Contingent Liabilities In Mortgage Qualification exists when mortgage borrowers hold a joint obligation with another person. Examples include where the borrower is a co-applicant and/or co-signer. The co-signer must be listed on the borrower’s debt unless the borrower can provide proof and documentation that the debt holder has no financial responsibility for the debt. Proof that there is not a possibility that the creditor will not go after the co-signer in the event if the debt goes bad needs to be provided. Exclusions include if the co-signer can provide proof that the main borrower has been making payments in the past 12 months. Proof includes 12 month’s canceled checks and/or bank statements of the main account holder. All payments from the main account holder need to have been on time for the past 12 months.
Mortgage Debt Obligations
In the event, if the borrower has been obligated on an existing outstanding home loan that is secured by a property that has been sold by assumption, the following applies:
Contract for deed or traded within the past twelve months without the liability being release and/or the property has been transferred out due to divorce. contingent liabilities in mortgage qualification needs to be factored in unless the following:
- Zero 30 day late payments in the past 12 months
- A home appraisal or closing statement from the sale of the property supports a value that is 75% or less loan to value
- The outstanding mortgage loan balance less any upfront mortgage insurance premium cannot exceed 75% of the home appraised value and/or sale price
- Copy of divorce decree ordering the separated spouse to make mortgage payments and/or assumption agreement and the deed that shows the transfer of title to the property out of the borrowers’ name is required.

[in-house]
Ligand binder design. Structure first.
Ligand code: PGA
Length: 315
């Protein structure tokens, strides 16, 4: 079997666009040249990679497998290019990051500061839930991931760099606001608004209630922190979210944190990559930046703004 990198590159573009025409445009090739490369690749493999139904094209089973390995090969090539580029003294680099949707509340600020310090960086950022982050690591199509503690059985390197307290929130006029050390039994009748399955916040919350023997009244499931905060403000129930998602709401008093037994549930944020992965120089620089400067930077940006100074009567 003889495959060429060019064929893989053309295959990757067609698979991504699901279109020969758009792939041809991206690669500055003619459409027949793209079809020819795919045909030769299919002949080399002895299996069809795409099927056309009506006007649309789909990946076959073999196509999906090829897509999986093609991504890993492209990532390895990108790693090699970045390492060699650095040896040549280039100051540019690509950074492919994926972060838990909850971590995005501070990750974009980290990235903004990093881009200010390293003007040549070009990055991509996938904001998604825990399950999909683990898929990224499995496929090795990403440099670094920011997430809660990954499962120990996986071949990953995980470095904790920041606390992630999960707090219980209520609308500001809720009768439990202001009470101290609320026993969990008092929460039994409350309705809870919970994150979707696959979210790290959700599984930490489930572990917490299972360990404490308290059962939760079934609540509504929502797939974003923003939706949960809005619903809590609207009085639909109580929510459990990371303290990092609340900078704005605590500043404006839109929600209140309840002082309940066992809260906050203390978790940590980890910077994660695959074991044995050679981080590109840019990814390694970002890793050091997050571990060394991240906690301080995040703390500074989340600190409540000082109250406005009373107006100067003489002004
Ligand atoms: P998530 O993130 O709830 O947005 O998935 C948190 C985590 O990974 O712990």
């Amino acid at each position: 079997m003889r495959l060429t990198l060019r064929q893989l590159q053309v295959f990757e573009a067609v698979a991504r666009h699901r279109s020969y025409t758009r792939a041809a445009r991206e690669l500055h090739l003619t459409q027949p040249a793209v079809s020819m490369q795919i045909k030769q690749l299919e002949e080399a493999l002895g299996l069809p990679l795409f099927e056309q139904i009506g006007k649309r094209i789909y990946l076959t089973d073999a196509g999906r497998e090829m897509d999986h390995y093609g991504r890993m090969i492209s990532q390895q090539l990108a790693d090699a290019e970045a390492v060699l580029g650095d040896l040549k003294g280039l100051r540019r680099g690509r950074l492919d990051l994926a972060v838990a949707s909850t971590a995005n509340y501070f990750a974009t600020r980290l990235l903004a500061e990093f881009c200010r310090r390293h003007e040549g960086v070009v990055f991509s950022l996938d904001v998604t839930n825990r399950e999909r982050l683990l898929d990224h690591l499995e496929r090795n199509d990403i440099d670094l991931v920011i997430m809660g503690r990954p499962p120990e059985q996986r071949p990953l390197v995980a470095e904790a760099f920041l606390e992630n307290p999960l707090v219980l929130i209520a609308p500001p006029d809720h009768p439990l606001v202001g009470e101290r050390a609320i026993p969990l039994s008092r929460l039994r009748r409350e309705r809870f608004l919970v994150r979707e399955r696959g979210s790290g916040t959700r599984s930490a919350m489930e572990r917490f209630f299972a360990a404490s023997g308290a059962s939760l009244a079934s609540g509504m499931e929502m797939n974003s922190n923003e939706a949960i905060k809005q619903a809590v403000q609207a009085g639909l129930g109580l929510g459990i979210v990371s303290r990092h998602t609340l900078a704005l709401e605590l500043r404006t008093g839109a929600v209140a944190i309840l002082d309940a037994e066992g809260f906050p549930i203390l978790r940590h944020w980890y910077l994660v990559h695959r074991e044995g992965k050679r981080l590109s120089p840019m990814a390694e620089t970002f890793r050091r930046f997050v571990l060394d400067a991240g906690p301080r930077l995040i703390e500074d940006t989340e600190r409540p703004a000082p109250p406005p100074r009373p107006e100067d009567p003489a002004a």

Installment Debt Obligations
If borrowers have debt payments that are less than 10 months remaining for payoff balance, that debt may be excluded from debt to income ratio calculations. Mortgage underwriters may include those debts if the borrower’s credit file is weak with no reserves or the underwriter sees that the debt payment may affect new homeowners’ ability to pay new mortgage (P.I.T.I.). Installment debt may not be paid down to 10 months remaining in order to qualify for a mortgage.
Lease Payments As Liabilities In Mortgage Qualification
Automobile monthly lease payments need to be included for DTI calculations even though the payments are less than 10 months. Lenders do not exempt car leases because they assume once a borrower’s auto lease is up, they will lease another auto.
Revolving Debt As Liabilities In Mortgage Qualification
Revolving monthly debt needs to be included in the debt to income ratio calculations. Lenders do not accept revolving debt pay down to qualify for a mortgage by borrowers. Paying down debts on credit cards and other revolving debts needs to be done prior to submission of the mortgage loan application. Borrowers who are looking for a direct lender with no lender overlays on government and conventional loans and no overlays on debt to income ratios, please contact us at 800-900-8569 or text us for a faster response. Or email us at email@example.com. We are available 7 days a week, evenings, weekends, and holidays.
June 14, 2021 - 4 min read